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Decorators in Python Matt Johnson Decorators are a powerful feature of the Python programming language. They prove their usefulness in many common programming scenarios. Logging the execution time of a function, or tracking the number of times a function is called can be elegantly handled with decorators. In web applications, decorators can be added to functions to enforce access control restrictions. Multithreaded Python programs can exploit decorators to synchronize functions. Decorators can be used as type checking mechanisms in Python's dynamically typed environment. As you will see later, decorators can even be used to add memoization capabilities to a function. But all these capabilities can be achieved without decorators, so why use them in the first place? The real power of decorators comes from their ability to modify the behavior of a function without changing any of the code inside the function. Decorators are functions that wrap around other functions. This allows decorators to execute code before and after a function is called. A decorator takes a function object as an argument (which is called the decoratee) and returns a new function object that will be executed in its place. The function object constructed inside the decorator usually calls the decoratee. A decorator is executed exactly once, at run time, for each function it decorates. The function object returned by the decorator is executed in place of the decoratee every time the decoratee is called (except, of course, in the decorator itself). Consider a decorator that adds memoization capabilities to a function: def memoize(fn): # fn is the function object of the decoratee
cache = {}
def wrapper(*args, **kwargs):
# assume the first positional argument to the decoratee is an
# appropriate key for the cache
n = args[0]
if n in cache:
return cache[n]
# Call the decoratee and cache its result
result = fn(*args, **kwargs)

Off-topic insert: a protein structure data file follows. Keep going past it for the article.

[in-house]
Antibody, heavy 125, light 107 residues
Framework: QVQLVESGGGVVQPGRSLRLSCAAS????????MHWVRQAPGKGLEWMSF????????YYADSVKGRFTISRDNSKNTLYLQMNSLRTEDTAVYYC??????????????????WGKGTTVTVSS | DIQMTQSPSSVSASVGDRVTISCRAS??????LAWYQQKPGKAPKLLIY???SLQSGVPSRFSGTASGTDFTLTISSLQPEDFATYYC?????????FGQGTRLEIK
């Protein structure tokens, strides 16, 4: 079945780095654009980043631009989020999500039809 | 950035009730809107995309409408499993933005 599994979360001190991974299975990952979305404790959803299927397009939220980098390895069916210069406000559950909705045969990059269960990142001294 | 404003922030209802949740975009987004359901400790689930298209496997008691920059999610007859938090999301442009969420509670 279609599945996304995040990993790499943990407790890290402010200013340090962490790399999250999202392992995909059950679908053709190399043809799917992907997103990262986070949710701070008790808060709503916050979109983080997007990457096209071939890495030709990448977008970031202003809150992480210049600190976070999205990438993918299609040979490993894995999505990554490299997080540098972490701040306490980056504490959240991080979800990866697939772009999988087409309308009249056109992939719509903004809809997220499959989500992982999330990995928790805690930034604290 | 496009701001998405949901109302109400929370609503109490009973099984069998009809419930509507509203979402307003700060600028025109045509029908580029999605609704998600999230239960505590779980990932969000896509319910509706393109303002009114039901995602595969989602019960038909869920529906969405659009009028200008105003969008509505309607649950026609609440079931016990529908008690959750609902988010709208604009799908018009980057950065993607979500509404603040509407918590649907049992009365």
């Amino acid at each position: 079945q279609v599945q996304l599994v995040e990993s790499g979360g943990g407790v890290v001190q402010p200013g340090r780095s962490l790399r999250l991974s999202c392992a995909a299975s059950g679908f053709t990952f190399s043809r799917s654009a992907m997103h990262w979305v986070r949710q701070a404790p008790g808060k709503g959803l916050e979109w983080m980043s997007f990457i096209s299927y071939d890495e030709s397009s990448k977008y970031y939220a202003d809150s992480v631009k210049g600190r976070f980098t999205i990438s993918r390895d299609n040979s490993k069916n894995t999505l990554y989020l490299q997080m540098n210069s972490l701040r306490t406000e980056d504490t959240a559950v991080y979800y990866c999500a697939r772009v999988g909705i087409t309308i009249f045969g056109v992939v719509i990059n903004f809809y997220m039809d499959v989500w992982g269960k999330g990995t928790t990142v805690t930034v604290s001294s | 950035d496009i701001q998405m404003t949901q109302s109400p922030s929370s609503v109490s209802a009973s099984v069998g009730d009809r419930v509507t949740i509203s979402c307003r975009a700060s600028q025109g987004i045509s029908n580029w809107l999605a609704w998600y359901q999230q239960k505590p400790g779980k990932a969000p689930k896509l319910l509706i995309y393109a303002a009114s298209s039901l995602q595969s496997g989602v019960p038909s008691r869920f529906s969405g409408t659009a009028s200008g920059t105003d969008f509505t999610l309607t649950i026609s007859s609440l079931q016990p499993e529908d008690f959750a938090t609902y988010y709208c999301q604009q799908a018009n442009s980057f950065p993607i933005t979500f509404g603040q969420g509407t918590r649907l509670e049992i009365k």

cache[n] = result
return result
# return the function object that was just created to replace the
# decoratee
return wrapper
Memoize is defined exactly like a normal function in Python. It takes a single argument, a function object. Memoize initializes a dictionary object and, because Python supports closures, this variable will be bound for the life of the inner function, wrapper. Wrapper performs the simple memorization procedure by checking to see if the value has already been calculated, and calling the decoratee if needed. For readers unfamiliar with Python, the special *args, **kwargs variables are worthy of an explanation. In the interests of brevity, a complete one will not be provided here. Put simply, *args represent the positional arguments to the decoratee and **kwargs represent the keyword arguments to the decoratee. They can be accessed like an array and dictionary, respectively. Decorating a function is easy. Simply add the name of the decorator to the top of a function, prepended with an "@". Python automagically calls the decorator, passing the appropriate function object, and replaces every call to the decoratee with the function returned by the decorator. The following example shows how to use the previously defined memoize decorator: @memoize
def factorial(n):
if n == 0 or n == 1:
return 1
return factorial(n - 1) * n
def fib(n):
if n == 0 or n == 1:
return n
return fib(n - 1) + fib(n - 2)
# Compute in linear time!
print fib(10)
print factorial(8)
# Only one calculation is needed to compute the next fibonacci and factorial
# because the cache is preserved
print fib(11)
print factorial(9)
Decorators are a useful tool in Python because they allow the programmer to modify the behavior of a function without touching any of the code inside the function. Decorators are advantageous when code needs to be injected before and after a function. Logging, access control checks, synchronization, type checking, memoization and many other tasks are perfectly suited to use decorators. Decorators are simply syntactic sugar because everything they do can be achieved through other means. But when used wisely, decorators can improve the readability and maintainability of a program while eliminating duplicate code.